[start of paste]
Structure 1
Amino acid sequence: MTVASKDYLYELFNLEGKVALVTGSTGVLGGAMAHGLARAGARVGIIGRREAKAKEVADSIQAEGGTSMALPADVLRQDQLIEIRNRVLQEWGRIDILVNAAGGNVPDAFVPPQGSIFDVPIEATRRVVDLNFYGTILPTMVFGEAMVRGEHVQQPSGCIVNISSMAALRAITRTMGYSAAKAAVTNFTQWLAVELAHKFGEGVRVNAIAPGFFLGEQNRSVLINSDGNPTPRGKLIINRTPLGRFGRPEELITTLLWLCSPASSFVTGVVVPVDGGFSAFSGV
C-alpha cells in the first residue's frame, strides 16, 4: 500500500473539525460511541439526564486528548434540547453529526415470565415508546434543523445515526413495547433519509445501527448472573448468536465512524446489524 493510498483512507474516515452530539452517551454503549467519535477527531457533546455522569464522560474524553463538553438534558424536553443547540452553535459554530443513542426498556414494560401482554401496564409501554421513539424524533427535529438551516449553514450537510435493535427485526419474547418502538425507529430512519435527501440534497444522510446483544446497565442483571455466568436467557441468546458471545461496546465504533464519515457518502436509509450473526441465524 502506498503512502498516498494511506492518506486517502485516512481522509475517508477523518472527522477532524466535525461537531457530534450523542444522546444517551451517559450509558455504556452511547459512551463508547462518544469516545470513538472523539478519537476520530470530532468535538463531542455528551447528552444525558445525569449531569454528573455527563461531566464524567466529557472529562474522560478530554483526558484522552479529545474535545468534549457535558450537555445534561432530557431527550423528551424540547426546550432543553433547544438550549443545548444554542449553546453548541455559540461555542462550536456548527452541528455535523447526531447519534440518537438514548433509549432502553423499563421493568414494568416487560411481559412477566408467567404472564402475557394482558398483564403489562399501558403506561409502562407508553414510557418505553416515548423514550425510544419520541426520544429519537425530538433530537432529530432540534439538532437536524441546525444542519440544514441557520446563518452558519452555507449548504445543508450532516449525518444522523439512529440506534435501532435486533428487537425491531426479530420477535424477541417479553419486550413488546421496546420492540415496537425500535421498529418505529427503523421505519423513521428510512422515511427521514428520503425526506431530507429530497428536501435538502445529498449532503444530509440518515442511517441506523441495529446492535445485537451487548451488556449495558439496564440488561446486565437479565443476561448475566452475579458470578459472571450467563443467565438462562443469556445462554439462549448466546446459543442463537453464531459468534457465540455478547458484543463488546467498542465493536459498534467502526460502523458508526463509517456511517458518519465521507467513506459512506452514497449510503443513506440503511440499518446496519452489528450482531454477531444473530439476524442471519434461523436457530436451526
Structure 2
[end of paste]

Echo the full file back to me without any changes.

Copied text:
Structure 1
Amino acid sequence: MTVASKDYLYELFNLEGKVALVTGSTGVLGGAMAHGLARAGARVGIIGRREAKAKEVADSIQAEGGTSMALPADVLRQDQLIEIRNRVLQEWGRIDILVNAAGGNVPDAFVPPQGSIFDVPIEATRRVVDLNFYGTILPTMVFGEAMVRGEHVQQPSGCIVNISSMAALRAITRTMGYSAAKAAVTNFTQWLAVELAHKFGEGVRVNAIAPGFFLGEQNRSVLINSDGNPTPRGKLIINRTPLGRFGRPEELITTLLWLCSPASSFVTGVVVPVDGGFSAFSGV
C-alpha cells in the first residue's frame, strides 16, 4: 500500500473539525460511541439526564486528548434540547453529526415470565415508546434543523445515526413495547433519509445501527448472573448468536465512524446489524 493510498483512507474516515452530539452517551454503549467519535477527531457533546455522569464522560474524553463538553438534558424536553443547540452553535459554530443513542426498556414494560401482554401496564409501554421513539424524533427535529438551516449553514450537510435493535427485526419474547418502538425507529430512519435527501440534497444522510446483544446497565442483571455466568436467557441468546458471545461496546465504533464519515457518502436509509450473526441465524 502506498503512502498516498494511506492518506486517502485516512481522509475517508477523518472527522477532524466535525461537531457530534450523542444522546444517551451517559450509558455504556452511547459512551463508547462518544469516545470513538472523539478519537476520530470530532468535538463531542455528551447528552444525558445525569449531569454528573455527563461531566464524567466529557472529562474522560478530554483526558484522552479529545474535545468534549457535558450537555445534561432530557431527550423528551424540547426546550432543553433547544438550549443545548444554542449553546453548541455559540461555542462550536456548527452541528455535523447526531447519534440518537438514548433509549432502553423499563421493568414494568416487560411481559412477566408467567404472564402475557394482558398483564403489562399501558403506561409502562407508553414510557418505553416515548423514550425510544419520541426520544429519537425530538433530537432529530432540534439538532437536524441546525444542519440544514441557520446563518452558519452555507449548504445543508450532516449525518444522523439512529440506534435501532435486533428487537425491531426479530420477535424477541417479553419486550413488546421496546420492540415496537425500535421498529418505529427503523421505519423513521428510512422515511427521514428520503425526506431530507429530497428536501435538502445529498449532503444530509440518515442511517441506523441495529446492535445485537451487548451488556449495558439496564440488561446486565437479565443476561448475566452475579458470578459472571450467563443467565438462562443469556445462554439462549448466546446459543442463537453464531459468534457465540455478547458484543463488546467498542465493536459498534467502526460502523458508526463509517456511517458518519465521507467513506459512506452514497449510503443513506440503511440499518446496519452489528450482531454477531444473530439476524442471519434461523436457530436451526
Structure 2